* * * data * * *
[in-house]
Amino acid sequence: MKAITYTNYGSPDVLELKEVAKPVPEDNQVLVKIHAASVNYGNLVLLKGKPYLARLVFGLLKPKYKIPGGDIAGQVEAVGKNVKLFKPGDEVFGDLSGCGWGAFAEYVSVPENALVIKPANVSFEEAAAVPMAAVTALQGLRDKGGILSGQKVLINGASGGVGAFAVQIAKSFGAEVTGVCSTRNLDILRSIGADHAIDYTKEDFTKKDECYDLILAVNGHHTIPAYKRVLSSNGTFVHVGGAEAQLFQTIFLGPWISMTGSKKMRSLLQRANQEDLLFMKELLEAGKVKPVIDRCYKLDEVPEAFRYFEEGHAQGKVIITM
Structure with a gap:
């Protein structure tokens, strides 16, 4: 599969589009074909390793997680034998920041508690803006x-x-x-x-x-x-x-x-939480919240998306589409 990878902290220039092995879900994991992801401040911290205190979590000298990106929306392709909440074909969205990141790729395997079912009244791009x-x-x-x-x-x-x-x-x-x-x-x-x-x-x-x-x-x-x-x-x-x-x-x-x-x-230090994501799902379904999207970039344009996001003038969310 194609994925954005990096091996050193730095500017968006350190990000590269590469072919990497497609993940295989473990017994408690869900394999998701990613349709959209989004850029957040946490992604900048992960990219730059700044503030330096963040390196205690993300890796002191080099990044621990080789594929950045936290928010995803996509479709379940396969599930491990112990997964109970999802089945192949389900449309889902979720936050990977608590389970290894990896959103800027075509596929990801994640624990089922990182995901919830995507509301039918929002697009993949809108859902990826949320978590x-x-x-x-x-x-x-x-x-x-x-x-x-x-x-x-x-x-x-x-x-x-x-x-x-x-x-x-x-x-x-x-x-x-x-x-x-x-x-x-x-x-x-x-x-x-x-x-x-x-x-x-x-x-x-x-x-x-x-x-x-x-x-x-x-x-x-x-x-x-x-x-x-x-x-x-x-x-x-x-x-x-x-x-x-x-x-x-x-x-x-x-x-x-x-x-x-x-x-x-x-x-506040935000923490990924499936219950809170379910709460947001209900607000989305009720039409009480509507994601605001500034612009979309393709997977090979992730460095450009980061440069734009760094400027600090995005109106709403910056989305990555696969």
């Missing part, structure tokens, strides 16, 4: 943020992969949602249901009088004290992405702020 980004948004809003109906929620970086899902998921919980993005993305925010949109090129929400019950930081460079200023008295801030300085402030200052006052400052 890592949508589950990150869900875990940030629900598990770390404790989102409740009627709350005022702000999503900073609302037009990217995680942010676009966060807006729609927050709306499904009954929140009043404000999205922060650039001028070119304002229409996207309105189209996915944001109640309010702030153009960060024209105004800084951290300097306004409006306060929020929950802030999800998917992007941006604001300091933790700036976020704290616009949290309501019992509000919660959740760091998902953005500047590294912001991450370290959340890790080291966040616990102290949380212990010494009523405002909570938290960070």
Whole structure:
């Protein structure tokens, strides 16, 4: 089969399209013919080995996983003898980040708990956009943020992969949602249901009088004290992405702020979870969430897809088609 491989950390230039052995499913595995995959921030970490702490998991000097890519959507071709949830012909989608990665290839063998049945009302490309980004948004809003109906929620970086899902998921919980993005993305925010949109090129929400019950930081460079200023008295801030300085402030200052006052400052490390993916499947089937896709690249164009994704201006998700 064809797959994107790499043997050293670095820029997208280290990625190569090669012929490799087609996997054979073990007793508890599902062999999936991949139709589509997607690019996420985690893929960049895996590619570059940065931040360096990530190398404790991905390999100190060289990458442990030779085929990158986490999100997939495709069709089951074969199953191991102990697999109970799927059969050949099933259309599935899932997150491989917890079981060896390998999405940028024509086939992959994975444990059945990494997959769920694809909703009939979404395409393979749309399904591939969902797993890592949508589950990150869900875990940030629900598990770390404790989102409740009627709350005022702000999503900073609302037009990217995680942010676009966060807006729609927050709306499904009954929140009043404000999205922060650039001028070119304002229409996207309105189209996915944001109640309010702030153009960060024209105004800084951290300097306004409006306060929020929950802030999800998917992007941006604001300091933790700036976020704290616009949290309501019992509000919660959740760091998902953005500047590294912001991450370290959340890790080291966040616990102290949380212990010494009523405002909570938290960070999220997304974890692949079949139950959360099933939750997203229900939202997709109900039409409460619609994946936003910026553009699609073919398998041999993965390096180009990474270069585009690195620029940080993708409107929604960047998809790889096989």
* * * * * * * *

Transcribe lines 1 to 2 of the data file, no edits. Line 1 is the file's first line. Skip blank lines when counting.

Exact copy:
[in-house]
Amino acid sequence: MKAITYTNYGSPDVLELKEVAKPVPEDNQVLVKIHAASVNYGNLVLLKGKPYLARLVFGLLKPKYKIPGGDIAGQVEAVGKNVKLFKPGDEVFGDLSGCGWGAFAEYVSVPENALVIKPANVSFEEAAAVPMAAVTALQGLRDKGGILSGQKVLINGASGGVGAFAVQIAKSFGAEVTGVCSTRNLDILRSIGADHAIDYTKEDFTKKDECYDLILAVNGHHTIPAYKRVLSSNGTFVHVGGAEAQLFQTIFLGPWISMTGSKKMRSLLQRANQEDLLFMKELLEAGKVKPVIDRCYKLDEVPEAFRYFEEGHAQGKVIITM